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Hybrid parentageRubus fruticosus x R. idaeus
OriginScotland, 1979
Carving of a Tayberry, on the banks of the River Tay in Perth

Tayberry (Rubus fruticosus x R. idaeus) is a cultivated shrub in the genus Rubus of the family Rosaceae patented in 1979 as a cross between a blackberry and a red raspberry, and named after the river Tay in Scotland.

The fruit is sweeter, much larger, and more aromatic than that of the loganberry, itself a blackberry and red raspberry cross. The tayberry is grown for its edible fruits which can be eaten raw or cooked, but the fruit do not pick easily by hand and cannot be machine harvested, so they have not become a commercially grown berry crop. As a domestic crop, this plant has gained the Royal Horticultural Society's Award of Garden Merit.[1]


The tayberry was patented by Derek L. Jennings of Dundee, Scotland. After 5 years of effort, he developed a suitable raspberry hybrid and crossed it with the American "Aurora" variety blackberry.[2] The union was released in 1979 by the Scottish Horticultural Research Institute, Invergowrie, Scotland.[3] The tayberry was named after the river Tay in Scotland.


The tayberry fruit are cone shaped and are a reddish-purple color when ripe. They can be up to 4 cm (1 12 in) long. Similar to the blackberry, the receptacle (the "core") remains in the berry when it is picked. The tayberry is less acidic than the loganberry, with a strong flavor.[4] The plant has a growth habit similar to that of the blackberry. Fruit grow on short laterals on prickly canes 1.8 to 2.1 m (6 to 7 ft) long.[4] The cropping period is long, from early mid to late summer.

Growth habits[edit]

The tayberry will grow reasonably well in many soils. Tayberries produce the most berries when in full sun and in well-drained soil with a high amount of organic materials. Supporting the canes is not crucial, but it will help prevent diseases by improving the air flow between branches. Tayberries should be ready to harvest in early July, depending on the type.[5] Frost is rarely a problem, as tayberries flower late in the season; plants need protection below −26 °C (−15 °F). Like many plant hybrids, tayberries show good disease resistance, and it has been shown to be resistant to late yellow rust.[6]

Tayberries are propagated by planting canes; the recommended time is mid-October, though any time up to mid-March may work if soil is not frozen or waterlogged.[5] Scientists have also demonstrated the successful cold storage of tayberry tissue cultures for maintenance of in vitro collections of plant tissues.[7]

Nutritional content[edit]

flower of the Tayberry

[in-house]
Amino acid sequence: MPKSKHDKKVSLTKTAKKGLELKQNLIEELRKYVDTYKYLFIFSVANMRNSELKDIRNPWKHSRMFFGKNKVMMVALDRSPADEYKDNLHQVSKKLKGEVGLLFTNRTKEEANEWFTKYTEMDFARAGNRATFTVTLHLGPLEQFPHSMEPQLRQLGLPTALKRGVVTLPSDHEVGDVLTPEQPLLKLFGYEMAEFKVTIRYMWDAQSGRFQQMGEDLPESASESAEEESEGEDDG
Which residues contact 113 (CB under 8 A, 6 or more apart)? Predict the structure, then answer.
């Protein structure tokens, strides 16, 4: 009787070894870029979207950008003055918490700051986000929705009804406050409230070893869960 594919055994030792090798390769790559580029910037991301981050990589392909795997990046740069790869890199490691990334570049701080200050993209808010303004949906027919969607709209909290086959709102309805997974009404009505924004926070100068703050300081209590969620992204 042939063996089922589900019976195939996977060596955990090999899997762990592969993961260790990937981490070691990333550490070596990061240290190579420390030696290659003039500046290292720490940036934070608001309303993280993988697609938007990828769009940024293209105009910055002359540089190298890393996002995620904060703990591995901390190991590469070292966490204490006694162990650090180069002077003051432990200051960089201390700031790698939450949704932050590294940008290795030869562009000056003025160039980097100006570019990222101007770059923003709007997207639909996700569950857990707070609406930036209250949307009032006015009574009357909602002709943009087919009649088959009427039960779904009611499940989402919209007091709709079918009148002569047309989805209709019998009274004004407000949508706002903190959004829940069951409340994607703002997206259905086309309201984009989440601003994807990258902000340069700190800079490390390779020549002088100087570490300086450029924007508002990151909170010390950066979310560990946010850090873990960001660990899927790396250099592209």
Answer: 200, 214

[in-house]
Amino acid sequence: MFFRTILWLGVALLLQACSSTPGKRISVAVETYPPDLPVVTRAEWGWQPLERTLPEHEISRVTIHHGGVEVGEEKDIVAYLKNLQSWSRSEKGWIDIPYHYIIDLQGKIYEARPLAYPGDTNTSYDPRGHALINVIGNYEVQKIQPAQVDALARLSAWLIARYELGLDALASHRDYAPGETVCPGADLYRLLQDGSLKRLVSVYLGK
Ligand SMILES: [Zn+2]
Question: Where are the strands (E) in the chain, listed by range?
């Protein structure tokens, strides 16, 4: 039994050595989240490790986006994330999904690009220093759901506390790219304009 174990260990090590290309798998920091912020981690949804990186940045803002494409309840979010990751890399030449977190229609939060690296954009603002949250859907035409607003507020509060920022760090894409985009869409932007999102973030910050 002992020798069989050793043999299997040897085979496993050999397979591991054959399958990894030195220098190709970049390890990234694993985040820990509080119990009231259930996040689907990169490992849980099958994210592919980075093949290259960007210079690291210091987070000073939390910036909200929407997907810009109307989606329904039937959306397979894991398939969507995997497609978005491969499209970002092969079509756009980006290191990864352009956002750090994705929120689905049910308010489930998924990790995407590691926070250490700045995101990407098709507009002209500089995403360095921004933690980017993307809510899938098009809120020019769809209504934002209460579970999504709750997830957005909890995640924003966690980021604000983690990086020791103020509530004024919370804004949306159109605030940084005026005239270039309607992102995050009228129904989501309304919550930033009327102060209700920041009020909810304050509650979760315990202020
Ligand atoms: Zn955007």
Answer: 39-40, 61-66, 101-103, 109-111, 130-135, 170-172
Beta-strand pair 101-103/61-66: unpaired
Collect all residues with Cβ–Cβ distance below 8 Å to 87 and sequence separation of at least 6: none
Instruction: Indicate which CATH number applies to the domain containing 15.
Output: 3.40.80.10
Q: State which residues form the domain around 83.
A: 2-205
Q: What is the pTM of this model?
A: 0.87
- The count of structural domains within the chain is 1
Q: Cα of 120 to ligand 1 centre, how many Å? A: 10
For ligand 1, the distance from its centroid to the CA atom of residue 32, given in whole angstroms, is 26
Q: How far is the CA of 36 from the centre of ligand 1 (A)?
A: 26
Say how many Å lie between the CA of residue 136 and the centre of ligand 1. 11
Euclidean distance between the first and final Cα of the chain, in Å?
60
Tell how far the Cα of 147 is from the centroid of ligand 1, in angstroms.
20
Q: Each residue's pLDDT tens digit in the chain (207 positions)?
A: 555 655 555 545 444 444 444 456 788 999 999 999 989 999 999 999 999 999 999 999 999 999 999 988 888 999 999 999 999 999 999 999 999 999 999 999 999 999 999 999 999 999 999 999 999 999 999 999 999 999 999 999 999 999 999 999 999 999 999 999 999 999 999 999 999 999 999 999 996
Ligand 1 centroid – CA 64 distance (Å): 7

Like many other berries, the tayberry is low in calories, high in fibre, and like other bramble fruits they contain antioxidants.[8]

Nutritional content of tayberries[9][better source needed]
Nutrient Amount per 100 g % USRDA
Energy 25 kcal (100 kJ) 1.3 (for 2000 kcal or 8400 kJ per day)
Protein 1.2 g 2.4
Lipid 0.65 g 1.2
Carbohydrate 11.94 g 9.2
Ash 0.46 g
Table Sugar 0.2 g
Glucose 1.86 g
Fructose 2.35 g
Water 85.75 g 2.7
Sugar 4.42 g
Dietary Fiber 6.5 g 20.3
Calcium 2.5E-14 g < 1
Iron 6.9E-16 g < 1
Magnesium 2.2E-14 g < 1
Phosphorus 2.9E-14 g <1
Potassium 1.51E-13 g <1
Sodium 0 g 0
Zinc 4.2E-16 g <1
Copper 0 g 0
Manganese 6.7E-16 g <1
Selenium 0 g 0
Vitamin A 33 IU 0.7
Retinol Activity Equivalents 0 g 0
Beta-carotene 1.2E-29 g
Alpha-carotene 1.6E-29 g
Alpha-Tocopherol 8.7E-16 g
Lutein & zeaxanthin 1.36E-28 g
Beta-tocopherol 0 g 0
Gamma-tocopherol 1.42E-15 g
Delta-tocopherol 1.04E-15 g
Vitamin C, B-Vitamins, Niacin, Thiamine and Folate <1


The tayberry can be eaten fresh or used for making jams,[10] pies, or wine.

While it has been reported that a commercial yield up to 27 tonnes per hectare (30[11]short tons per acre) of berries can be produced,[4] tayberries are very soft when fully ripe, so they cannot be harvested by machine.[12] This has hindered their success as a commercial crop. Tayberries are mainly grown by allotment holders,[13] artisans and back garden growers.


  1. ^ "Rubus Tayberry Group (F)". rhs.org.uk.
  2. ^ Morgan, Joan. "The Origin of the Tayberry".
  3. ^ "Patent USPP4424 – Tayberry". google.com.
  4. ^ a b c Yao, Shengrui. "NMSU: Minor Small Fruit Crops for New Mexico Gardens". nmsu.edu.
  5. ^ a b E Winery page on Growth habits Archived 2011-07-10 at the Wayback Machine
  6. ^ Luffman M, Buszard D. A note on the susceptibility of six red raspberry cultivars and Tayberry to fruit infection by late yellow rust. Phytoprotection. 71(2):93-96, 1990
  7. ^ Klavina D, Ievinsh G. Growth of tissue culture and changes in oxidative enzyme activity of Sorbus and tayberry cultivars during cold storage. Acta Universitatis Latviensis 745 (Biology):179-186, 2008. read online
  8. ^ Pantelidis GE, Vasilakakis GA, Diamantidis Gr. Antioxidant capacity, phenol, anthocyanin and ascorbic acid content in raspberries, blackberries, red currants, gooseberries and Cornelian cherries. Food Chemistry 102:777-783, 2007
  9. ^ Tayberry Nutrition Table Archived 2012-07-30 at Archive.today
  10. ^ Rachel Saunders The Blue Chair Jam Cookbook, p. 412, at Google Books
  11. ^ conversion table
  12. ^ Val Bourne The Ten-Minute Gardener: A month-by-month guide to growing your own, p. 11, at Google Books
  13. ^ "Growing Tayberries - How to Grow Tayberries". Allotment & Gardens. Retrieved 25 April 2020.

External links[edit]

Media related to Tayberries at Wikimedia Commons